Hyundai Elantra Reviews
Model Overview:The sedan version of the 2013 Elantra continues to offer premium style and features at an economy car price point. Available in two trims, GLS and Limited, the Elantra packs a lot of car into a relatively small package. The GLS is the more basic of the two trims but still includes many uncommon features for a car at this price point, such as an iPod-ready 6-speaker stereo, heated mirrors and a tilting and telescoping steering column. Adding the Preferred Package to an automatic-equipped GLS Elantra will further increase equipment levels by adding steering wheel-mounted audio controls, heated front seats, fog lights, 16-inch alloy wheels and Bluetooth connectivity.
Buyers who opt for the Elantra Limited will get an Elantra packed full of features normally only seen on much more expensive cars. Starting with leather seats, the Limited features items such as 17-inch wheels, a tilting and sliding glass moonroof, heated front and rear seats, a power driver's seat with lumbar control and side mirrors with built in turn signals. Adding the technology package further enhances things, with a 7-inch screen housing a navigation system and rearview camera. Also included in the technology package are automatic headlights, dual zone climate control and an upgraded 360 watt stereo system.
The Hyundai Elantra GT is brand-new for 2013. A practical hatchback, the Elantra GT competes with the likes of the Ford Focus, the Mazda 3 and the VW Golf. The most tangible benefit of having a hatchback in place of a traditional trunk is of course, interior volume. Happily, the Elantra GT tops its competition in terms of space while also adding a certain sportiness. Weighing significantly less than its competitors, the Elantra GT reaps the dual benefits of improved handling and improved fuel economy. The slightly more upscale nature of the Elantra GT is also obvious in the list of interior accoutrements, featuring items like a cooled glovebox and a hidden rear camera for reversing.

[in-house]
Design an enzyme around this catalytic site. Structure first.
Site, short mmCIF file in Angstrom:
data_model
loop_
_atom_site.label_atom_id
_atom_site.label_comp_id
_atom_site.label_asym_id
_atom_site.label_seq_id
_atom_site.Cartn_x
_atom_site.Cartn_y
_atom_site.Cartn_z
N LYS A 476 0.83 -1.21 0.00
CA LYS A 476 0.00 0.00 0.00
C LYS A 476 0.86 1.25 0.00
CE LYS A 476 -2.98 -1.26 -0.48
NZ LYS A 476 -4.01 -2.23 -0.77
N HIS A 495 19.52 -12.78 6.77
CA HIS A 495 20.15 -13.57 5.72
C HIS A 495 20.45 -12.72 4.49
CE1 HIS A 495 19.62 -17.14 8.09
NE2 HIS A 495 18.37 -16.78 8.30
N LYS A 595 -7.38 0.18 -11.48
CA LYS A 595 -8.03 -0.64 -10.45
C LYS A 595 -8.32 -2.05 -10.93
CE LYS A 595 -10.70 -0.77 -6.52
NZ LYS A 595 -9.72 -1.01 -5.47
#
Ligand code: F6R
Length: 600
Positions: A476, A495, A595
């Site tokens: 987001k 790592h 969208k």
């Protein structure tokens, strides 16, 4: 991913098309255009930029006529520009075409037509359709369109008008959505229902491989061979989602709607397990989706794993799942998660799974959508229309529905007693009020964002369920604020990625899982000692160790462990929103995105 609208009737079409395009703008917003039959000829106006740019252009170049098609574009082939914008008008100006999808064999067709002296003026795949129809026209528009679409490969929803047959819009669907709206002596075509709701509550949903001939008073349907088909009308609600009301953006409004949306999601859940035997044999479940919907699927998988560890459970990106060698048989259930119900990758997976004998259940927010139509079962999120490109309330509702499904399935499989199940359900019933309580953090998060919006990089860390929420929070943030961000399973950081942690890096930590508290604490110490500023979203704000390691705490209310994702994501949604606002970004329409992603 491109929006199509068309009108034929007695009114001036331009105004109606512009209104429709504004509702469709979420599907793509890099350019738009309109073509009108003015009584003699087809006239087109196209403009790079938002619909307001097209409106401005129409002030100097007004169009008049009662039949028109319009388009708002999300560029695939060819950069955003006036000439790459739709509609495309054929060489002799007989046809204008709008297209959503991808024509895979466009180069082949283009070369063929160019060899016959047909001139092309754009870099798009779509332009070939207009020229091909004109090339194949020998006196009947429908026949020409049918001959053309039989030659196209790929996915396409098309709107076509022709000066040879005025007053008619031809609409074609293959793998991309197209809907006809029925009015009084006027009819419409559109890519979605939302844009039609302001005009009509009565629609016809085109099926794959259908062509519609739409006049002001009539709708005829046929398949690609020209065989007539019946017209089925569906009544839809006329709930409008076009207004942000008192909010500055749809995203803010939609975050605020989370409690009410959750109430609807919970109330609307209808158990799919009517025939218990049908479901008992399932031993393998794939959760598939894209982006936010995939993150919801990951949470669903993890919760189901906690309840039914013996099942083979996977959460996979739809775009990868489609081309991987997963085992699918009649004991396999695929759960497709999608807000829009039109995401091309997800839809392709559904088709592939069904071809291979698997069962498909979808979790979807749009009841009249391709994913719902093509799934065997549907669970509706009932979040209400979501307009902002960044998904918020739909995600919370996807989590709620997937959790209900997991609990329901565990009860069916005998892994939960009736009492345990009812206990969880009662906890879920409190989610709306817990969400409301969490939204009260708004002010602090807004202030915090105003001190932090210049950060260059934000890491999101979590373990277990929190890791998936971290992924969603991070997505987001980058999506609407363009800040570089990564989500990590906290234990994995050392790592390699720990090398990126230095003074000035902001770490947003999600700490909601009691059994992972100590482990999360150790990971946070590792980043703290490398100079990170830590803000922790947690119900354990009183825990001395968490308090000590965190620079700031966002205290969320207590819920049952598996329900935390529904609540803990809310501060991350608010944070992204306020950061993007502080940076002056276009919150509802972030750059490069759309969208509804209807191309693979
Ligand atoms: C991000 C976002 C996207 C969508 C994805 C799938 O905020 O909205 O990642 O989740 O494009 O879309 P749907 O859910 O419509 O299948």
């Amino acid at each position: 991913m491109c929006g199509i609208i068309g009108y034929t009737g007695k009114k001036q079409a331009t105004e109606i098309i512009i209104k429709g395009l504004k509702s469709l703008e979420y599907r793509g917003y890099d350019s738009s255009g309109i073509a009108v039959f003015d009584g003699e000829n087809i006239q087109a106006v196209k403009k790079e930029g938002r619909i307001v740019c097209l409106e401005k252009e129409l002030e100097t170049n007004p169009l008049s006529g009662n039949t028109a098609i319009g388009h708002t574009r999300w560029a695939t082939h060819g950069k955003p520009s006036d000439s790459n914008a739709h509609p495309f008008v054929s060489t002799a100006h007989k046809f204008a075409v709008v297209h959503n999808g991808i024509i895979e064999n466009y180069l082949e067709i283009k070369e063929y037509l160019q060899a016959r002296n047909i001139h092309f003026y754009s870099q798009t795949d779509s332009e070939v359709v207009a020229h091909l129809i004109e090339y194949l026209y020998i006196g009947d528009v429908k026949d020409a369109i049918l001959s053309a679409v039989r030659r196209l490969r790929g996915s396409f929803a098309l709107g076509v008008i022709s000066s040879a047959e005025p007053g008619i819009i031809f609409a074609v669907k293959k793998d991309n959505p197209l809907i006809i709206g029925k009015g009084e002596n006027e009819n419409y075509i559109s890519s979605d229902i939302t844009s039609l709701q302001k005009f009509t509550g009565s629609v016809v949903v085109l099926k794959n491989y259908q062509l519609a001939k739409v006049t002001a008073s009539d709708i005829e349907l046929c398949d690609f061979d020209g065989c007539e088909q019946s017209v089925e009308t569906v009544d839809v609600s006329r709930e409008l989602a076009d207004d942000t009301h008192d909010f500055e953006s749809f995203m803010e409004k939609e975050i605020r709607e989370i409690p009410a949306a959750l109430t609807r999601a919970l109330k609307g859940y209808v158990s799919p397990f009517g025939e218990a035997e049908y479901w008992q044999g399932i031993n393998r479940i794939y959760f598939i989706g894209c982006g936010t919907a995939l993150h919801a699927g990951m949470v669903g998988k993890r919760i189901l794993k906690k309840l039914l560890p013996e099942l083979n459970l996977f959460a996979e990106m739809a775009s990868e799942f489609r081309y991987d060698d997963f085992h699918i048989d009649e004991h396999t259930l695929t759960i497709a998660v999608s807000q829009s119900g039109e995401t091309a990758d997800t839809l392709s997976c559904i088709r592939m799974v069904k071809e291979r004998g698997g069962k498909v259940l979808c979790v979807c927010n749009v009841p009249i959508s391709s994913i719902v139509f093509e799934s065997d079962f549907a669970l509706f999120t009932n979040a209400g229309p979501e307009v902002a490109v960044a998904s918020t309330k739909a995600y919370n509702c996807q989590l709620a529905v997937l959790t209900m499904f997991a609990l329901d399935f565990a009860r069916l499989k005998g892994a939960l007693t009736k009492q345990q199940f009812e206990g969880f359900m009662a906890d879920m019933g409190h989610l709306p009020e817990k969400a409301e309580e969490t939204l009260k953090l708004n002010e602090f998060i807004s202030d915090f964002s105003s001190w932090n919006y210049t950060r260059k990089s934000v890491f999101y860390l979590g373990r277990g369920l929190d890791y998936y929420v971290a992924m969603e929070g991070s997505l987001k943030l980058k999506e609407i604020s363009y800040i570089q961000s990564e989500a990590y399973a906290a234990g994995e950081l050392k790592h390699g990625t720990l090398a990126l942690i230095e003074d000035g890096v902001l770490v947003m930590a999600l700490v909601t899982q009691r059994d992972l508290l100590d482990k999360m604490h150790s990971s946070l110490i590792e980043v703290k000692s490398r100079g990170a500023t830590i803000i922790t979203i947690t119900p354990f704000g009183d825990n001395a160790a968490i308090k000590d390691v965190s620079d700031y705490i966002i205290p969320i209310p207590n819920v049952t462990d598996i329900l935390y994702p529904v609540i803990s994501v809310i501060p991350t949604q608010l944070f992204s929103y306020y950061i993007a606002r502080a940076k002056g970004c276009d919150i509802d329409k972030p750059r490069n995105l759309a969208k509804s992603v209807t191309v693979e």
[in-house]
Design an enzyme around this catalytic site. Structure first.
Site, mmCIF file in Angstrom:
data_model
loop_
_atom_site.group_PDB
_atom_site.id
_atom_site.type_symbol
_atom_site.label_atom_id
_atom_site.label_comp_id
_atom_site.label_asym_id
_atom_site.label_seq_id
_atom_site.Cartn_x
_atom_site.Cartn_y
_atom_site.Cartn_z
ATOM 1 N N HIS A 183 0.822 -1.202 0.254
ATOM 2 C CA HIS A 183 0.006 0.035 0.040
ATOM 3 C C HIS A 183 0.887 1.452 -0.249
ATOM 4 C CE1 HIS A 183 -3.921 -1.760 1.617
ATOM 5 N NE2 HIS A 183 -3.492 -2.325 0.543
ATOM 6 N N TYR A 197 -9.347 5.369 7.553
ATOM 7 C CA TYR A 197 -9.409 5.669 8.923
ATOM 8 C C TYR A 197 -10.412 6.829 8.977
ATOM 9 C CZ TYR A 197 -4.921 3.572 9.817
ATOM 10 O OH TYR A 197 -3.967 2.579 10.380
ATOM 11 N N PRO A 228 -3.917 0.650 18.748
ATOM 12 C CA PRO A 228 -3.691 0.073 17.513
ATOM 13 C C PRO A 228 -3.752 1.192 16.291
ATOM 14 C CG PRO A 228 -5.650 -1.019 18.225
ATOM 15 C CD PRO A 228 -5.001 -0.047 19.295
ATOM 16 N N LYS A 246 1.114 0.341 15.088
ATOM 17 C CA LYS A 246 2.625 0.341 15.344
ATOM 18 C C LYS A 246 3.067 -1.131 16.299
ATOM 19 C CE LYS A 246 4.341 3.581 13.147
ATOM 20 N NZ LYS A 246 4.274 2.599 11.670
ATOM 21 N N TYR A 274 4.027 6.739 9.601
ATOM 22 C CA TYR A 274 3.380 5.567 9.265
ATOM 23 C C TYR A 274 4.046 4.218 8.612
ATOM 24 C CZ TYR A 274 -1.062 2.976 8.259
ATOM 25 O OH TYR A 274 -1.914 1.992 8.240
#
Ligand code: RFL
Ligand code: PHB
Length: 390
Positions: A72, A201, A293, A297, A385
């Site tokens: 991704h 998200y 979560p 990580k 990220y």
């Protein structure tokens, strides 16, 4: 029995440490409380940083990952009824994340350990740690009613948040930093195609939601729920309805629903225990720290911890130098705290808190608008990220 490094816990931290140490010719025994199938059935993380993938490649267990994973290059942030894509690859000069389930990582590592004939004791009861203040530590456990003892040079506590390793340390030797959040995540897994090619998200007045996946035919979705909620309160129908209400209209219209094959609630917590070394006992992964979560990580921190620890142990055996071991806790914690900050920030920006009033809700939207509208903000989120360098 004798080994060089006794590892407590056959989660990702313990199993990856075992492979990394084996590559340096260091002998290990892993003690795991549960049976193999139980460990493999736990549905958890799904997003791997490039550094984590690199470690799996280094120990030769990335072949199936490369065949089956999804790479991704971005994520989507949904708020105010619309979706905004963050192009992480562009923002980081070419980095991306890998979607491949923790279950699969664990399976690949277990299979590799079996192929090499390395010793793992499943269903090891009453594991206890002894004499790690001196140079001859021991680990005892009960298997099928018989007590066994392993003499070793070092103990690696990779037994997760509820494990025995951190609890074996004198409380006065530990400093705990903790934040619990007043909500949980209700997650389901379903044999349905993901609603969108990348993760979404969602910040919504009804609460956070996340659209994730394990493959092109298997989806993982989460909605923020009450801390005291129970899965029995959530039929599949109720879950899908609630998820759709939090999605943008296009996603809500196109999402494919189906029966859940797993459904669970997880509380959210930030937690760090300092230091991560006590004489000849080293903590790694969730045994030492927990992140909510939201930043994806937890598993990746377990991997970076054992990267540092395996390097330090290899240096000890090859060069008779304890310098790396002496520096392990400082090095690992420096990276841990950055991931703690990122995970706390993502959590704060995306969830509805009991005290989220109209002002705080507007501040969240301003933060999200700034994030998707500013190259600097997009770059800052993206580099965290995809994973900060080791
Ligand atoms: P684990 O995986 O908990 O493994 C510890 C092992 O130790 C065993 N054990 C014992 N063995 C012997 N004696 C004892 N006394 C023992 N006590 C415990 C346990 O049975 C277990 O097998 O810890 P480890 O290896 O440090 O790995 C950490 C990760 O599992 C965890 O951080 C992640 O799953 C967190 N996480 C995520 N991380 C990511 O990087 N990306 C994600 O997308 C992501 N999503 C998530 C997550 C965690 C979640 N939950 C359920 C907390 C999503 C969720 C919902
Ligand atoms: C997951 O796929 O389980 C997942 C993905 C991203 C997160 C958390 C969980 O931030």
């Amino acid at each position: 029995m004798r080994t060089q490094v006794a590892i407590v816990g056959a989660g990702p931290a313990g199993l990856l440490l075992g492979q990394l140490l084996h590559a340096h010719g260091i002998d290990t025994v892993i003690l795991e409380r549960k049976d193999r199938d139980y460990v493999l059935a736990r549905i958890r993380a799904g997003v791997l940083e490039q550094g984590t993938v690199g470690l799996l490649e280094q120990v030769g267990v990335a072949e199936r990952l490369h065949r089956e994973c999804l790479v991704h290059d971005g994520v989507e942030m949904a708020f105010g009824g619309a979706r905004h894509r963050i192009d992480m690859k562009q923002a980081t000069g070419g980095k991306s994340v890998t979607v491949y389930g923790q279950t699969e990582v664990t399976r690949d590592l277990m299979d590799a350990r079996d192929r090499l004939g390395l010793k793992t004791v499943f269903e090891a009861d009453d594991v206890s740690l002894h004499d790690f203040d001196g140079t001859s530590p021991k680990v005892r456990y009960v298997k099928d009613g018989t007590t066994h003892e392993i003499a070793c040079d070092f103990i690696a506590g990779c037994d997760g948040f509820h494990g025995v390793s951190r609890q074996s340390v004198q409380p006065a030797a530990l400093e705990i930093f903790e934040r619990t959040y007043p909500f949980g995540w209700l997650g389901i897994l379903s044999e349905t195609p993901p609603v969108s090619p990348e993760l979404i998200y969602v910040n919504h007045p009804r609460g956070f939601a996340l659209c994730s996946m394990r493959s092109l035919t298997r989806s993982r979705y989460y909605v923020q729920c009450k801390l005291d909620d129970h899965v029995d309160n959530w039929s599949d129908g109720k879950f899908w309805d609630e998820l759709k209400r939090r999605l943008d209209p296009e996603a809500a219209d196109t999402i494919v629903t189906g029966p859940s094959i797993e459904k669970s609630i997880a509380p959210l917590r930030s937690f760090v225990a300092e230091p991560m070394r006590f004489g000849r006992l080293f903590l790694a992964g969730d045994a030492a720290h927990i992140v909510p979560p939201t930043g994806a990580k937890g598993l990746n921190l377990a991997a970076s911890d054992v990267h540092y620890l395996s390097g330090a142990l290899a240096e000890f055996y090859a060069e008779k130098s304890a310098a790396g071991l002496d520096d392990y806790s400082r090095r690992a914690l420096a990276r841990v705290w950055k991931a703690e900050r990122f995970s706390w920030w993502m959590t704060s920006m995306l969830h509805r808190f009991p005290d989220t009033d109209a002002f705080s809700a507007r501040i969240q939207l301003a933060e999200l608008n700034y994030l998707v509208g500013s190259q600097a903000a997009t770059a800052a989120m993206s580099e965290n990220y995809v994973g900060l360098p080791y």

The Elantra Coupe comes in two trim levels, GS and SE. Both models utilize the same powertrain as the rest of the Elantra line up, with a 1.8L 4-cylinder attached to a 6-speed manual or optional 6-speed automatic. Removing two doors has a nice effect on the cars styling, further highlighted by the more aggressive front fascia. Alloy wheels are standard on the coupe, 16-iches for the GS or 17-inches on the SE. The SE also benefits from nice touches like a leather wrapped shift knob, leather door inserts and a sport tuned suspension. The Elantra Coupe is an excellent choice for people who value good style in a small package.
Model Changes:The Hyundai Elantra was given a complete redesign in 2011 and reintroduced to the American market as a 4-door sedan. For 2013 Hyundai has expanded the Elantra lineup to include a coupe and a hatchback. The hatchback, dubbed Elantra GT, has five doors, while the coupe is a 2-door with a traditional trunk. The sedan also receives minor trim updates, bumping up equipment levels on the more economical trims.
Model Value:The Elantra is Hyundai's entry into the compact car market, competing with household names such as the Honda Civic and the Toyota Corolla. It is a competitive segment, but Hyundai hopes its standout styling, high level of equipment and outstanding warranty are enough to convince buyers that the Elantra is the car to have. Starting at $16,695, the Elantra has plenty of standard features and even manages to top 38 mpg on the highway, while offering much more than just basic transportation.